“Don’t get used to it. Go take a shot and show Jed how it’s done. He’s a cocky little ass. Always thinks he can win. I’ve got the next round resting on our victory.” Dan gestures toward the table where Jed and Felix stand smugly, arms folded, sure of certain victory after Jed’s last play.
Dust scatters as Jack chalks the top of his cue.
“Come on baby, show them what we’re made of.” Dan is confident as Jack leans over the table and steadies himself to take aim. The cue rests between thumb and first finger and his aim is perfect, it always is. But his head is crowded and the cue seems to know. As the tip of the cue makes impact with the white ball it quivers and jumps sending the ball off target to collide with the green cushioned edge of the table, potting one of Jed and Felix’s balls in the process.
The others laugh as Jack swears and Dan shakes his head. “Man, you’re in worse shape than I thought.”
March 13th 2008
Isle of Arrasaigh,
I keep waiting to wake up. Waiting for that moment when reality starts to bend and I realise that this isn’t the real world at all.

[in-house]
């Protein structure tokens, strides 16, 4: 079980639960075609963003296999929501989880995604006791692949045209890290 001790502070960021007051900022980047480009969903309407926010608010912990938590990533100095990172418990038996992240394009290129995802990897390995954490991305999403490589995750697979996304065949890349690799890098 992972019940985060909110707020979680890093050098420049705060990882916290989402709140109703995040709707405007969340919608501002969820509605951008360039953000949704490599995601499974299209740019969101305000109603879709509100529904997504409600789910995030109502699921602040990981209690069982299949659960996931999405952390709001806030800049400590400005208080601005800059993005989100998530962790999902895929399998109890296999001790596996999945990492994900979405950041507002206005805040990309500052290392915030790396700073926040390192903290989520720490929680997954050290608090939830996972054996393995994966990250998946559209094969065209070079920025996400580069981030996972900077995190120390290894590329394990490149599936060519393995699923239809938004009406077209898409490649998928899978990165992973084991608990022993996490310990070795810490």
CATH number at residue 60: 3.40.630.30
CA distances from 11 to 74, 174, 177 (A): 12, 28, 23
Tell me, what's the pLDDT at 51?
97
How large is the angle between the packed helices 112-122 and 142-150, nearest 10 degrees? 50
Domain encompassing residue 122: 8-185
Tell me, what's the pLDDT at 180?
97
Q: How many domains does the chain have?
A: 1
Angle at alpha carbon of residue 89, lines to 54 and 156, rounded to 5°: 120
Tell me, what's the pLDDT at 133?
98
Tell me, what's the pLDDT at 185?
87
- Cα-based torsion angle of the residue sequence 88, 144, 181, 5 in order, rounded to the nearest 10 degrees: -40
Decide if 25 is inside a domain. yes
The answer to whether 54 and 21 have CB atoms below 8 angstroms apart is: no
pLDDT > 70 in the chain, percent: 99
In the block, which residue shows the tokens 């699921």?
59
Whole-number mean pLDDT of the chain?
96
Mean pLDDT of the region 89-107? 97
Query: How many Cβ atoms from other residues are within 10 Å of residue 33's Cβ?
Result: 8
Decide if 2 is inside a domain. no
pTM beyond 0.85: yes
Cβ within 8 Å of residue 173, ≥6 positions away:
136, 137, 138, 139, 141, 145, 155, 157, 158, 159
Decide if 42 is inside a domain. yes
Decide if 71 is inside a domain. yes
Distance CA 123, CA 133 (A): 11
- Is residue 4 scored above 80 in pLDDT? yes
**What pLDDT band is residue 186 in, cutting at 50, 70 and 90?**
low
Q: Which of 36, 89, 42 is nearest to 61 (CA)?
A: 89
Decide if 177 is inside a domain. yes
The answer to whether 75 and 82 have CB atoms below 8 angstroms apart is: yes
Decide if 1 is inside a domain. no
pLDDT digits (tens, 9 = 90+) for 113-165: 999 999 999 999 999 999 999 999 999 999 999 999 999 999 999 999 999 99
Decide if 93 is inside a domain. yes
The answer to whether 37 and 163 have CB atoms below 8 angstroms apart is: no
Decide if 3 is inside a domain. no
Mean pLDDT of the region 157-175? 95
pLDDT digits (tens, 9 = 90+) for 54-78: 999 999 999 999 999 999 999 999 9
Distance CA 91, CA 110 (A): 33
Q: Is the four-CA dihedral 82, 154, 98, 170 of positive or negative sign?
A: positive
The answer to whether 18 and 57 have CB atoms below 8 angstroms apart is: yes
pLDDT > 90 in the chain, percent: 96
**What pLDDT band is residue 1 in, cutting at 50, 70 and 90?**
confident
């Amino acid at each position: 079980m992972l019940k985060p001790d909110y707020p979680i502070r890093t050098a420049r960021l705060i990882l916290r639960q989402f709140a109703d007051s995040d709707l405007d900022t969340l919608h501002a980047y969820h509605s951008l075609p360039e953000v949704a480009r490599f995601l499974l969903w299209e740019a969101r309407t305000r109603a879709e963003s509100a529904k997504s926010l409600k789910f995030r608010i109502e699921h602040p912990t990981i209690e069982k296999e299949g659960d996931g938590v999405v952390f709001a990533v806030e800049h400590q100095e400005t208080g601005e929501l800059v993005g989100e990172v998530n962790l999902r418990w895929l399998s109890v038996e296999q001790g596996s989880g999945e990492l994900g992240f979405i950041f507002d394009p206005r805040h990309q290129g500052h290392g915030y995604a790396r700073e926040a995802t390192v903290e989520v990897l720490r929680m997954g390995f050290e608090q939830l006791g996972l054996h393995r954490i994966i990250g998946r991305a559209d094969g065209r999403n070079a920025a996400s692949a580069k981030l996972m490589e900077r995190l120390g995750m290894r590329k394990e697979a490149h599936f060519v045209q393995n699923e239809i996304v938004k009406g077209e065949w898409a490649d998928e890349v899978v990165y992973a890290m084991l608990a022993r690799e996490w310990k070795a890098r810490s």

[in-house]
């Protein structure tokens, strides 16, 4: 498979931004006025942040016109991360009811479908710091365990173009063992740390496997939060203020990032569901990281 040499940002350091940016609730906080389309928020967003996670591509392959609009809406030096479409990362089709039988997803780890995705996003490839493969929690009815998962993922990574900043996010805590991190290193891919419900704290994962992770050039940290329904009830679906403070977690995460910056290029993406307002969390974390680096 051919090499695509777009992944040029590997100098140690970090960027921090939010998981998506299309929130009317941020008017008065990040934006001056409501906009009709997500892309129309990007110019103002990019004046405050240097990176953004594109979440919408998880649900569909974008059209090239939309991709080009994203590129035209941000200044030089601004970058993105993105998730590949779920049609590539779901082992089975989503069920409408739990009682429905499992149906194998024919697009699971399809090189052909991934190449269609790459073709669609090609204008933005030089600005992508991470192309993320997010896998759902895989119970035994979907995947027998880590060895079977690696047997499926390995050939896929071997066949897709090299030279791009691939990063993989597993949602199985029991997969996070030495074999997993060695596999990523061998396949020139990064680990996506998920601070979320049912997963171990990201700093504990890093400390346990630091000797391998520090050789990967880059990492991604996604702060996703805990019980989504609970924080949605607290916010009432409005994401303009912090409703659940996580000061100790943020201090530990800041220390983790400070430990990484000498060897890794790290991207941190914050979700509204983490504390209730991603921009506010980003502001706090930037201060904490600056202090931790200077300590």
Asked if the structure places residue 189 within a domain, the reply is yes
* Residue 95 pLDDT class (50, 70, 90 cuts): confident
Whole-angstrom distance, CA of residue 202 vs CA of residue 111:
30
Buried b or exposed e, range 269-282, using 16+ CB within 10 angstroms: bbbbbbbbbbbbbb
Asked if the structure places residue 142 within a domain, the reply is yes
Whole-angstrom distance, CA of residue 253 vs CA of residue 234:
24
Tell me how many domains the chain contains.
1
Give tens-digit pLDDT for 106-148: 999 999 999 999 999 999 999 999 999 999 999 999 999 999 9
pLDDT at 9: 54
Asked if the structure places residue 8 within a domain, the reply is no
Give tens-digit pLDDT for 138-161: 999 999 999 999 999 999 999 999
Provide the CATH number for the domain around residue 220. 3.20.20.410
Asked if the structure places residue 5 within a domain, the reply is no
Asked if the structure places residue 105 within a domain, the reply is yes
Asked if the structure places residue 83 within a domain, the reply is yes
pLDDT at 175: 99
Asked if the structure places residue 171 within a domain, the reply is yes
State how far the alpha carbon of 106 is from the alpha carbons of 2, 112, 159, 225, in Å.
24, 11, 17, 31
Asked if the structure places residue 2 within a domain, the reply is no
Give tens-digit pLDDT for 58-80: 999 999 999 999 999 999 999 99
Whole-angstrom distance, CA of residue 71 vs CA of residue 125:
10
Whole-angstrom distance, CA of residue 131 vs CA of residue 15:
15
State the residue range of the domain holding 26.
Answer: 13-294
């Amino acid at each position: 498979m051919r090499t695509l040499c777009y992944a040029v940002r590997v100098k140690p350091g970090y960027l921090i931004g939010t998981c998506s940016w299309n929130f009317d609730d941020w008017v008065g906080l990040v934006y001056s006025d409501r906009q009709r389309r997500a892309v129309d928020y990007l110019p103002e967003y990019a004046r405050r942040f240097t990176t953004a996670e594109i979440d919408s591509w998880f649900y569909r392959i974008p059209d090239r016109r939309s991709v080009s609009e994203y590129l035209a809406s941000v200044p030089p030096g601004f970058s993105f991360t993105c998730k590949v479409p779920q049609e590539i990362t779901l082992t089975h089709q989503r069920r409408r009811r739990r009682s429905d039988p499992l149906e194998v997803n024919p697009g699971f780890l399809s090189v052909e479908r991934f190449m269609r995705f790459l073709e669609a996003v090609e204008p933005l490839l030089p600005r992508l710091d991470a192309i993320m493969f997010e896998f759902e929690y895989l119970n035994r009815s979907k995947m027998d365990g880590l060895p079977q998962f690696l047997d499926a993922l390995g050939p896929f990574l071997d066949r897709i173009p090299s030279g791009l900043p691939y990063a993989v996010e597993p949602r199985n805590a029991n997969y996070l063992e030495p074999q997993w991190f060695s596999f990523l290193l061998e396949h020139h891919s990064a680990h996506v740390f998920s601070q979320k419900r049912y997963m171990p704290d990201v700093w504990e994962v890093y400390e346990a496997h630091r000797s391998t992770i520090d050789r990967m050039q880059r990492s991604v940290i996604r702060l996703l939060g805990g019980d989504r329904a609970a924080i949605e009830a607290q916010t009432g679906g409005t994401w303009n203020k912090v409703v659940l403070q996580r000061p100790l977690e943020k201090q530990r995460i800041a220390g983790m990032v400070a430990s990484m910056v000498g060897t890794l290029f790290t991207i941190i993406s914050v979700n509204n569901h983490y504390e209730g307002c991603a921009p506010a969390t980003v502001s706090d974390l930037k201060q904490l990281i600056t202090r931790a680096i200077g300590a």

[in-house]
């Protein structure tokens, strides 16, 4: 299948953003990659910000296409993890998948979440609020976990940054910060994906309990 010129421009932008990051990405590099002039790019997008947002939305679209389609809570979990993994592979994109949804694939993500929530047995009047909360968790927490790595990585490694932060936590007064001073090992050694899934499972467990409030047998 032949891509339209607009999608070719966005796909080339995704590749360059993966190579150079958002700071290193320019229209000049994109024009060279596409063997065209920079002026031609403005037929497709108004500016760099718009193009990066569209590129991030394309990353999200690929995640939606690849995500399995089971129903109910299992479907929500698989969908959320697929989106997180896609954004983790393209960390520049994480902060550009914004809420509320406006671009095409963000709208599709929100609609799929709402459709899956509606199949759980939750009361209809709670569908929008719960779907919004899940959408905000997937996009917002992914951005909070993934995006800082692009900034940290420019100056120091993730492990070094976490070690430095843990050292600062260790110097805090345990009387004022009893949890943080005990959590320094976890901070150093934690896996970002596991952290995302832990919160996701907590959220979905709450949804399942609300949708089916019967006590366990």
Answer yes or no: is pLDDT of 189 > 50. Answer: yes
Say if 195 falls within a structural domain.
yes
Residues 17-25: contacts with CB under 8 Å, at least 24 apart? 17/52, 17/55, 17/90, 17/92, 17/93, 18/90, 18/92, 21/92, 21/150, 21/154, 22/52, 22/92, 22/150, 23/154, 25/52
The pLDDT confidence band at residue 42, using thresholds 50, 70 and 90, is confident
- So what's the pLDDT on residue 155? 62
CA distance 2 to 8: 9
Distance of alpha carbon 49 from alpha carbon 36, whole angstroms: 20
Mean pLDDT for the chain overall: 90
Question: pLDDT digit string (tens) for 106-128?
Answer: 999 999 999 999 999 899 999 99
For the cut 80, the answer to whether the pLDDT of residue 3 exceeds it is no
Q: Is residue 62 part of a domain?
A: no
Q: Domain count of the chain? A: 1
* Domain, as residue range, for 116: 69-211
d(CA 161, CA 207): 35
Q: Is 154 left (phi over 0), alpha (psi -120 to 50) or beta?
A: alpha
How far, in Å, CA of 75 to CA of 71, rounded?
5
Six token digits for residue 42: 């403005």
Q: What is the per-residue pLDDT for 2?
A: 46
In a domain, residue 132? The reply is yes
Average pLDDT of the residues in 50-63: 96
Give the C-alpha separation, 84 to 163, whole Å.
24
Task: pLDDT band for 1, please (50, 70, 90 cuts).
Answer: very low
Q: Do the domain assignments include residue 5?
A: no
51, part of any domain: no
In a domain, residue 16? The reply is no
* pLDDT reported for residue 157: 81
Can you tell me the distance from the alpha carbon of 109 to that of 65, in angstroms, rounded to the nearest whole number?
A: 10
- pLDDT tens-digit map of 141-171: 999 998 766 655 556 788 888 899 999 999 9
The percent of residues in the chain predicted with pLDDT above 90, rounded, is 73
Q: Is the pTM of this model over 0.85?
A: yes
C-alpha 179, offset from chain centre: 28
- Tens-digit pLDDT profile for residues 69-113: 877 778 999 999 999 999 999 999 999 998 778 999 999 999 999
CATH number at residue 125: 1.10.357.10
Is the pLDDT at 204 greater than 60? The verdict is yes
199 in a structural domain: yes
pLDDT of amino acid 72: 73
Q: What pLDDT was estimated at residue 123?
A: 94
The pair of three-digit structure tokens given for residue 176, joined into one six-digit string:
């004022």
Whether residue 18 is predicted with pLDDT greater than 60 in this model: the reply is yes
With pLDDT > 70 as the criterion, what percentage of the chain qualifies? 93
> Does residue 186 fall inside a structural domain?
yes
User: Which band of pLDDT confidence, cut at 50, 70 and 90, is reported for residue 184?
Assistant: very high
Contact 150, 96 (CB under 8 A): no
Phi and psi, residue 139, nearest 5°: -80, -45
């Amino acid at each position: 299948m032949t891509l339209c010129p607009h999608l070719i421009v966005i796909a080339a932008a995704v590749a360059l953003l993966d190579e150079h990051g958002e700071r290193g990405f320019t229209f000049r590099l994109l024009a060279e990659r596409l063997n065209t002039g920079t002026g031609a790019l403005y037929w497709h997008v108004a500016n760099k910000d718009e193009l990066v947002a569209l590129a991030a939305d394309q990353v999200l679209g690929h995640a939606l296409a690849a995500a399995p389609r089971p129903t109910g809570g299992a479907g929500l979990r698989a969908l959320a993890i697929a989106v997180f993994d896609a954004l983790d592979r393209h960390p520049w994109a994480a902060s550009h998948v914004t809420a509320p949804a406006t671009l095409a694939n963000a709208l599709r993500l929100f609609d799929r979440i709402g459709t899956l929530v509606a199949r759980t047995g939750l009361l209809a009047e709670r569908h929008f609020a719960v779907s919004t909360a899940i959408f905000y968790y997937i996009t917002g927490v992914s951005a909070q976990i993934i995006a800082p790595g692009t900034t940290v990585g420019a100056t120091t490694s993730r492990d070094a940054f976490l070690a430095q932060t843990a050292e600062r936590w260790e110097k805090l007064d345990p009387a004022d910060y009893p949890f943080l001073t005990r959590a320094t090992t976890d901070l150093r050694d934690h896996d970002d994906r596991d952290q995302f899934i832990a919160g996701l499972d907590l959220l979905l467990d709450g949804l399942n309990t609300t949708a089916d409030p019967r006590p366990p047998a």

I am here, Evan is gone and that chapter of life is over. I lie awake and think of the many ways I might have stopped it, might have seen it before it happened. I lie awake and wonder if I helped push him to that place where he ended his life alone.
How do we keep going? I can’t see beyond each minute and I’m terrified for the twins. Will I always feel this way? They carry on, unaware the sky has fallen. They laugh and play and they ask for him. They ask for you, for Louie and Bets and the beach. I need a story to tell them to make sense of it all but my words are gone.
Did he know Jack? I can’t help but wonder. Did he know?
I will stay here in Arrasaigh until I’m strong enough to come back, until I can survive these equal measures of grief and guilt. I can’t stop thinking that my love for you contributed to catastrophe, yet here I am holding you like a lifeline.
There’s a box under the bed that holds all the words I want to say, I open it at night when the house is dark and quiet, and place another letter inside. Letters to Evan, to Jack, to the twins, to Cam, to Mom. Conversations I must have, questions I must ask and apologies I need to make. I write letters I will never send like my life depends on it. Maybe it does.
I hear them at the foot of the stairs, the hushed tones stop me in my tracks. Pressing myself against the wall I listen to another concerned conversation about me.
“It’s time Cam, you have to talk to her son. She’ll listen to you.” I picture Cam rubbing his eyes or running a hand through his hair, thinking carefully about what he’s supposed to say. I am not the only one who is suffering, but the thought isn’t enough to shake me from my grieving stupor.